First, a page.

Retirement is dead: long live retirement

Retirement is dead: long live retirement

Standard Life and Reform reveal seismic shift in attitudes to retirement amongst baby boomer generation

This morning at a Reform debate on ‘The Death of Retirement’, Standard Life published research demonstrating a transformation in attitudes to retirement amongst the baby boomer generation.

Discussed by a panel including Shadow Pensions Minster Nigel Waterson MP, John Lawson, Head of Pensions Policy at Standard Life, and Andrew Haldenby, Director, REFORM, the findings show that over 46 year olds are more ambitious for their work life, leisure time and personal relationships at retirement than any generation before. It proves that attitudes to retirement have transformed as the structure of the UK population has changed and people look positively to a future when they will be healthier, wealthier and live for longer.

Commenting on the findings, John Lawson, Head of Pensions Policy at Standard Life said: “Our research proves that baby boomers’ attitudes to retirement have fundamentally changed and they are now more ambitious for this ‘third stage’ of their life than any generation before them.

“Currently, the way we discuss retirement inhibits these people making the connection between their ambitions and pension saving. Harnessing this excitement could present an answer for government and the financial services industry to the challenge of retirement planning rather than reinventing pension structures.”

Andrew Haldenby, Director, REFORM commented: “This debate shows there is clear support for the idea of an active retirement and the fact that people need to take more control. Government needs to do more to encourage that.”

Nigel Waterson MP, Shadow Pensions Minister said: “Retirement should be less of an event and more of a process. We need to move away from the notion of pensions towards long term savings. It’s all about flexible retirement. The US is ahead of the UK. With a 401k you can draw down more and in more ways. As a result, people save more, but they don’t always draw down. The Standard Life research found that older people in retirement want to start new businesses. This is great and the kind of activity that should be encouraged.”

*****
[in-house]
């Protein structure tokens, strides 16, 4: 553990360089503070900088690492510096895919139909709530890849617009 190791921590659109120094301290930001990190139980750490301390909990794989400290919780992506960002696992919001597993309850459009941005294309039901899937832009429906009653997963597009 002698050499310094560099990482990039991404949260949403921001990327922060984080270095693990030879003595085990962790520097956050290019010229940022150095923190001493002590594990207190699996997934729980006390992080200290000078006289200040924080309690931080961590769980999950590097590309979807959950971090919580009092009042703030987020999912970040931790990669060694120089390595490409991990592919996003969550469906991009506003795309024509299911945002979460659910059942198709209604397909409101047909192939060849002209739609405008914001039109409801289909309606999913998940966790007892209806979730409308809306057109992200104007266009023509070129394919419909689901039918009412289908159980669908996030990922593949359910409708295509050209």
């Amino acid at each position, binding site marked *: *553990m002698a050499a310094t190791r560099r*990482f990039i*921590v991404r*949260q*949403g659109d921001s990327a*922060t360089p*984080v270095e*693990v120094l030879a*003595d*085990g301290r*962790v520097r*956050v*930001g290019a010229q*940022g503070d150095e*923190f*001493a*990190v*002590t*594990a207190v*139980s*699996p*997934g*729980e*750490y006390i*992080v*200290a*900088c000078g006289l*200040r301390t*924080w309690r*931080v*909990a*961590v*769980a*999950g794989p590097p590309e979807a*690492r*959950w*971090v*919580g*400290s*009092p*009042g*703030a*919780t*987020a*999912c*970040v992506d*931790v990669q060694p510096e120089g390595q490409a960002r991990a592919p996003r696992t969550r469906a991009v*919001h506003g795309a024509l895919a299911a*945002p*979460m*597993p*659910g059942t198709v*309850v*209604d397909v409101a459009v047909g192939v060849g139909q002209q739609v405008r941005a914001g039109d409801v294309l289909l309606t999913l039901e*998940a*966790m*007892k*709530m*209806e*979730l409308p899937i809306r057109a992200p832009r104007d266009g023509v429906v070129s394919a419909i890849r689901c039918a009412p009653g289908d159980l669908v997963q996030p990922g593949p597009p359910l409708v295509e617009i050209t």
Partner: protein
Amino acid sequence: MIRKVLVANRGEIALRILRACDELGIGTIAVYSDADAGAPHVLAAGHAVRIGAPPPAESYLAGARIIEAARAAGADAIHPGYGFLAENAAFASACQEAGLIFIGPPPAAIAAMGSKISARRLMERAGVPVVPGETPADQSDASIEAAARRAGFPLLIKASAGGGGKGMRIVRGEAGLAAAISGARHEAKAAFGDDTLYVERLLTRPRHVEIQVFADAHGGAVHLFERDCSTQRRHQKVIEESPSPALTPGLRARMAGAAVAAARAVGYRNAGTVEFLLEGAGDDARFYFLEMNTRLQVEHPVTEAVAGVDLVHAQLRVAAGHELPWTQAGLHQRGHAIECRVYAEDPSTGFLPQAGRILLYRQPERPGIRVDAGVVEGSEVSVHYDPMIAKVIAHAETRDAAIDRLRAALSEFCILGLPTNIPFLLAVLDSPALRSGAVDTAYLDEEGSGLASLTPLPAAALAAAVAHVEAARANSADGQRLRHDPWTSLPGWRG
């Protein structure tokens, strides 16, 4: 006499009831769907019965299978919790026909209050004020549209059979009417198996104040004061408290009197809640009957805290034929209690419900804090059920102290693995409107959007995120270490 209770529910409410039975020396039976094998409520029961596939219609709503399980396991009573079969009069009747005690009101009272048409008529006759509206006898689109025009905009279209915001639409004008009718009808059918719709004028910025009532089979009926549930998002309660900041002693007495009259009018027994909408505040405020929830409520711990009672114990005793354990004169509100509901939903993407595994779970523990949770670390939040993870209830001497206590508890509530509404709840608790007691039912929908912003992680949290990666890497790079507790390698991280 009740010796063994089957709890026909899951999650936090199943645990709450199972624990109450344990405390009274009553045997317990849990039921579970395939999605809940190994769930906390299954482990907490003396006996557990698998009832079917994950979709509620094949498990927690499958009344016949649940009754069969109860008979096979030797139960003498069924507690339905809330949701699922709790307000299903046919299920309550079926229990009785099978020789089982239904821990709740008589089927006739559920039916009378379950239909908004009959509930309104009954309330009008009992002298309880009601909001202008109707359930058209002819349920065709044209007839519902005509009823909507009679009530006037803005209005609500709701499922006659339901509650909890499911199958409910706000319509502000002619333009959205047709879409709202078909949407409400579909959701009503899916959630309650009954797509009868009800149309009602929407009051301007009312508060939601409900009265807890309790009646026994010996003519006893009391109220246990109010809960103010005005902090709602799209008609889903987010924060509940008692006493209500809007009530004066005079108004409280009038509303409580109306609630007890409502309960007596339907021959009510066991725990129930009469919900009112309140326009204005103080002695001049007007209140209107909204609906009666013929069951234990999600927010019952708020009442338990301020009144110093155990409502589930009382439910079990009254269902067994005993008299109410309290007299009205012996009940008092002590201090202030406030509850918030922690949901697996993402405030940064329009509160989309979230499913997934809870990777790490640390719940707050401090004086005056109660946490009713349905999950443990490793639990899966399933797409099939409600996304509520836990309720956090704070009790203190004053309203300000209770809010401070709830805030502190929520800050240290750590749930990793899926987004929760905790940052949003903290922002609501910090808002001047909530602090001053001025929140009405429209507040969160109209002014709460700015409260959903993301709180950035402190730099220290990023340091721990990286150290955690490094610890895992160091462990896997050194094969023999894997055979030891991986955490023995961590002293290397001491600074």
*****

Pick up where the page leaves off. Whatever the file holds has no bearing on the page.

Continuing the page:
The research findings include:

* Over half of 46-65 year olds plan to travel more in their long term future, rising to two thirds (66%) of those who are more affluent (from Financial Strategy Segments G and H*). In contrast, only 23% of their parents’ generation planned to travel more at retirement

* A third of 46-65 year olds and of those from wealthy backgrounds hope to learn a new skill such as a new hobby or language in their long term future, five times as many as their parents at retirement

* Over half of all 46-65 year olds want to spend more time with those people most important to them in the future rising to 55% of those from FSS groups G and H. This compares to only a third of their parents generation

* For this generation, rather than retirement being when they stop work, two fifths (39.3%) of UK adults want to continue to be involved at work but on their own terms. This rises to 42% of 46-65 year olds who are wealthier. Only 15% of their parent’s generation wanted to stay in some kind of work at retirement

* One in twenty baby boomers (5.1%) stated they hoped to embark on a new business venture in their long term future, rising to 7% of those who are wealthier. This is seven times the number from their parents’ generation.

As well as having greater ambition for their future, research also shows that this generation expect to have more dependents than their parents. Two fifths (43%) of the 46-65 year olds in groups G and H expect to have one or more financial dependants when they retire, compared to just 26% of their parents’ generation at retirement.

The findings are based on research commissioned by Standard Life and conducted by Lightspeed Research amongst a sample of UK representative sample of 1,500 respondents aged 18-65 and repeated amongst a group of 1,000 adults aged between 46-65 year olds from Financial Strategy Segments G and H*. The latter group represent the wealthiest section of society and account for 6% of total UK population (2.8 million people in the UK).

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